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Gross v. Dannatt

United States District Court, S.D. Texas, Corpus Christi Division

November 16, 2017

ROBERT H GROSS, Plaintiff,


          Jason B. Libby, United States Magistrate Judge.

         This is a civil action filed by federal prisoner Robert H. Gross.[1] He is currently assigned to the Federal Corrections Institution in Big Spring, Texas (FCI-Big Spring). Plaintiff filed this civil action on October 16, 2017, asserting that this Court has diversity jurisdiction.


         Plaintiff sues his ex-wife, Jeanine E. Dannatt, who currently resides in Dartford, England. A Spears[2] hearing was conducted on November 9, 2017. On November 13, 2017, Plaintiff filed an amended complaint. (D.E. 7). The following representations were made either at the Spears hearing or in Plaintiff's original and amended complaints (D.E. 1, 7):

         On May 3, 2005, the parties entered into a prenuptial contract for marriage. The prenuptial agreement was signed while the parties were living in Pennsylvania and is governed by the laws of that state. Plaintiff and Defendant subsequently married in Los Vegas, Nevada on May 7, 2005.

         Plaintiff and Defendant moved to Texas sometime in 2007. Around November of 2014, Defendant filed for divorce in the 391st District Court of Tom Green County, San Angelo, Texas. At that time, the parties were living in San Angelo, Texas. Plaintiff, who was represented by counsel in the divorce proceeding, appeared mainly by telephone because he had been taken into pre-trial federal custody.

         Plaintiff testified at the Spears hearing that he owned: (1) vacation property and land upon which to build a retirement home in Rockport, Texas; and (2) residential property in San Angelo, Texas. The disposition of these properties was part of the prenuptial agreement. In accordance with the settlement agreement entered in the divorce proceeding, Defendant now owns a 50% portion of the Rockport properties. Plaintiff testified that, under the prenuptial agreement, these properties were designated as separate properties and should not have been equally divided between the parties. Plaintiff further indicated that he and Defendant have a ten-year old child and that child custody and support issues were addressed in both the prenuptial agreement and the divorce proceeding.

         Plaintiff's counsel advised Plaintiff that the prenuptial agreement was not valid, and it was, therefore, not considered in connection with the divorce proceeding in the Tom Green County district court. On May 4, 2015, a final divorce hearing was held in that court without knowledge of the existence of the prenuptial agreement. Plaintiff indicated that he never read through or signed the settlement agreement that was ultimately finalized as part of the divorce decree.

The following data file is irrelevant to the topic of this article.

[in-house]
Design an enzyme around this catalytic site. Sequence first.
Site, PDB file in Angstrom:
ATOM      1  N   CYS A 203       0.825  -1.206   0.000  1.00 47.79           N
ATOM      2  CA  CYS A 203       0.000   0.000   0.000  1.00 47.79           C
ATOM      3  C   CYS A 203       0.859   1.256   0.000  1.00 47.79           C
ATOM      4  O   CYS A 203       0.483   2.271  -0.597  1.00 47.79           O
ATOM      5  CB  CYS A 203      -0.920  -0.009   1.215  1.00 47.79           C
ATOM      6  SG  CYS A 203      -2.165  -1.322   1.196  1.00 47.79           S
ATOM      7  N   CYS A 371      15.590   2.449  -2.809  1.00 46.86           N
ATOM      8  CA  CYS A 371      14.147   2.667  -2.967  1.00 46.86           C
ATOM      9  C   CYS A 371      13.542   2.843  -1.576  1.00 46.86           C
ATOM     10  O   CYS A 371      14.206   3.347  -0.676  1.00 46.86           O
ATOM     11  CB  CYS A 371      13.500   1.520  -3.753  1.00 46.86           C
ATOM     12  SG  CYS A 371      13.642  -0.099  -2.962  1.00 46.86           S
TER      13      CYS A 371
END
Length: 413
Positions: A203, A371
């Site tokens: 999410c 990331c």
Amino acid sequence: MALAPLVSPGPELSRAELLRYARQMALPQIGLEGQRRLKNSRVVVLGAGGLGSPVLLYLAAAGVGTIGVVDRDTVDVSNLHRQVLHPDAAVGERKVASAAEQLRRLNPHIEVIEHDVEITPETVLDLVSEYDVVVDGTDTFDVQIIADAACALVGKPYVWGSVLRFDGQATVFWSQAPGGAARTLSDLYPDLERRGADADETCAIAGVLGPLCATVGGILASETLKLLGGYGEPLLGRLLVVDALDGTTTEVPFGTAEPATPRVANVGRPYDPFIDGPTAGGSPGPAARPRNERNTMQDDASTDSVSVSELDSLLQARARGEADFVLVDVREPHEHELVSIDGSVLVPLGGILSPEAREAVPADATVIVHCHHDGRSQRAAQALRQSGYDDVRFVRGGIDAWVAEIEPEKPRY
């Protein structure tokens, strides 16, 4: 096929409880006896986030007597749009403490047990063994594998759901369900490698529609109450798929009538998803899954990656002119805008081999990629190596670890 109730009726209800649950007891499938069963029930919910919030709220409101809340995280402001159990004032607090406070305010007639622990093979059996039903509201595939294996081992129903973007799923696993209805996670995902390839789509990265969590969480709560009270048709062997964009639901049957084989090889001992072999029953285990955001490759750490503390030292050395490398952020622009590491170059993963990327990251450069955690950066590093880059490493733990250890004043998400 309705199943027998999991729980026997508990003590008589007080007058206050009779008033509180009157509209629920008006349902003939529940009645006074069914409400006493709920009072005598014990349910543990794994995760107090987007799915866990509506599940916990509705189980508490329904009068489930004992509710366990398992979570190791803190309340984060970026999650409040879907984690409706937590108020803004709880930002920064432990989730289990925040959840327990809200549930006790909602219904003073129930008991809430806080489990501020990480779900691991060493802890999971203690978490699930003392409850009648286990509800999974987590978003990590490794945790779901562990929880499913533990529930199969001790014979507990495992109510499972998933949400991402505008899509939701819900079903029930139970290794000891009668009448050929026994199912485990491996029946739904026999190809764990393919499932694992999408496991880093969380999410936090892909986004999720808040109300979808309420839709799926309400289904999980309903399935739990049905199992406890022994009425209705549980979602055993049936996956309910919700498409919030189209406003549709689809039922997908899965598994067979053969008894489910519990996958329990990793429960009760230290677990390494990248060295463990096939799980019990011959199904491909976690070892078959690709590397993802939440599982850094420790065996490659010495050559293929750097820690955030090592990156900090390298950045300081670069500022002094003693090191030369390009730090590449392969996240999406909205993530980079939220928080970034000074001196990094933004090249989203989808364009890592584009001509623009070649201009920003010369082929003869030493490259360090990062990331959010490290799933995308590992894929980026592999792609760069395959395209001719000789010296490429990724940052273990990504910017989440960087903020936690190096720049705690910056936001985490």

Plaintiff appealed from the final divorce degree to the Texas Third Court of Appeals in Austin, Texas, which serves numerous counties including Tom Green County. However, pursuant to a docket equalization policy, the case was transferred to the Thirteenth Court of Appeals. Plaintiff contended before the Texas appellate court that the trial court had improperly awarded his separate property to Defendant and that his counsel rendered ineffective assistance. See Gross v. Dannatt, No. 13-15-00309-CV (Tex. App.- Corpus Christi Opinion issued on June 22, 2017). The Thirteenth Court of Appeals affirmed the trial court's judgment, and Plaintiff has appealed the ruling to the Texas Supreme Court. Plaintiff's appeal to the Texas Supreme Court remains pending.

         In his complaint as amended, Plaintiff claims that Defendant: (1) breached the prenuptial agreement by failing in the past and in the present to fulfill her obligations under the agreement; (2) breached her fiduciary responsibilities under the prenuptial agreement in several respects; (3) committed fraud by misleading the Texas district court into entering the settlement agreement while knowing about the existence of the prenuptial agreement; and (4) intentionally and negligently inflicted emotional distress on Plaintiff. (D.E. 7, pp. 2-6). Plaintiff seeks damages in the amount of $2.3 million as well as punitive damages based on Plaintiff's willful and wanton conduct. (D.E. 7, pp. 7-8).


         Pursuant to the general venue statute, a civil action may be brought in:

(1) a judicial district in which any defendant resides, if all defendants are residents of the State in which the district is located;
(2) a judicial district in which a substantial part of the events or omissions giving rise to the claim occurred, or a substantial part of property that is the ...

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